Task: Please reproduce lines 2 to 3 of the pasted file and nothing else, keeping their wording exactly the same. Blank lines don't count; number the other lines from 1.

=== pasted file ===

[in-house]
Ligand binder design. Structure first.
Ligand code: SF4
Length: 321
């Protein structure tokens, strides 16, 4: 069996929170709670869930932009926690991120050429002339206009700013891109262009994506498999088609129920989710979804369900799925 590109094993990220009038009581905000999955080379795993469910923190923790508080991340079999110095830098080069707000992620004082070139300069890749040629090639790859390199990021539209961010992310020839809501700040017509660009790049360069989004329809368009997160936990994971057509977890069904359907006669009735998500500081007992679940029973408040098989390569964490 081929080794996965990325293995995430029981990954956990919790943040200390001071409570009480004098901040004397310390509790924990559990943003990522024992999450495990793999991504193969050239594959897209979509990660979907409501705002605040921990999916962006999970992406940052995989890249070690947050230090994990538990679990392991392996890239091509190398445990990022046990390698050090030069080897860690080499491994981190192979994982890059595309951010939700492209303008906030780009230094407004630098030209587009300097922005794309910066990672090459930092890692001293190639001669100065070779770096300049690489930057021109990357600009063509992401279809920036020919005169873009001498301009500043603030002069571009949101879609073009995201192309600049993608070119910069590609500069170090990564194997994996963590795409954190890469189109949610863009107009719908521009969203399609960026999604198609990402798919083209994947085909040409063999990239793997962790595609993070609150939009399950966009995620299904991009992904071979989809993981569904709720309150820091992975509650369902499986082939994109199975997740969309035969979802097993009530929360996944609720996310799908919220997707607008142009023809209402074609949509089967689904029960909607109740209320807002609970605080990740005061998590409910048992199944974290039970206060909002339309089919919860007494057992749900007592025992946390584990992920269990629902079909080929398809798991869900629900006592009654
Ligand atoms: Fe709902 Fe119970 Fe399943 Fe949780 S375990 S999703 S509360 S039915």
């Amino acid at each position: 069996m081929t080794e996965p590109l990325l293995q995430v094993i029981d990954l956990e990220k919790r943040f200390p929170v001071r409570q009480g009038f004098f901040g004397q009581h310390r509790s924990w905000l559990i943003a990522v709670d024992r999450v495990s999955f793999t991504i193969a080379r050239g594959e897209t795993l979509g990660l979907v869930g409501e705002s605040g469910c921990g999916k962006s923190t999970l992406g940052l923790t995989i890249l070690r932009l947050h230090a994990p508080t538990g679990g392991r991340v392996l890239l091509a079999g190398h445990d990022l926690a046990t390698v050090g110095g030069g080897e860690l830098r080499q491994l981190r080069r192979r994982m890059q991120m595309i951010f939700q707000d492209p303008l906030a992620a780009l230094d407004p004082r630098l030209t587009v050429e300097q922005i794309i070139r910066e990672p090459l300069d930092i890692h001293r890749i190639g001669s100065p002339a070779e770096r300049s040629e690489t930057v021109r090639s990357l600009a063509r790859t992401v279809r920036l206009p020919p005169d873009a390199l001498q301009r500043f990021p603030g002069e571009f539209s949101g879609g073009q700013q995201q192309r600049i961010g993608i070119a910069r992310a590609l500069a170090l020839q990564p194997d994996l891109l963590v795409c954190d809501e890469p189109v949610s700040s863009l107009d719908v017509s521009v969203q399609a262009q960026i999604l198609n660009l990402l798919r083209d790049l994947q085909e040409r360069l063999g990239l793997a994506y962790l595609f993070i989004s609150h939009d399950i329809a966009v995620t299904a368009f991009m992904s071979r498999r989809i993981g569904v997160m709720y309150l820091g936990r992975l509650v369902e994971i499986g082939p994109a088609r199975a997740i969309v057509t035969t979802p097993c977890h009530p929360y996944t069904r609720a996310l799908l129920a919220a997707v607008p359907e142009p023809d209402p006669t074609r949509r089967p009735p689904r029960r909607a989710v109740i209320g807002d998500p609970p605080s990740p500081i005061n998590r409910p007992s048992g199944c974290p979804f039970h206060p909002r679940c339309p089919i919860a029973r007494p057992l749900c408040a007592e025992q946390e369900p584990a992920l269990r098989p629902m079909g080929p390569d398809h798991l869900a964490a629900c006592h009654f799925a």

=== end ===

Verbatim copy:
Ligand binder design. Structure first.
Ligand code: SF4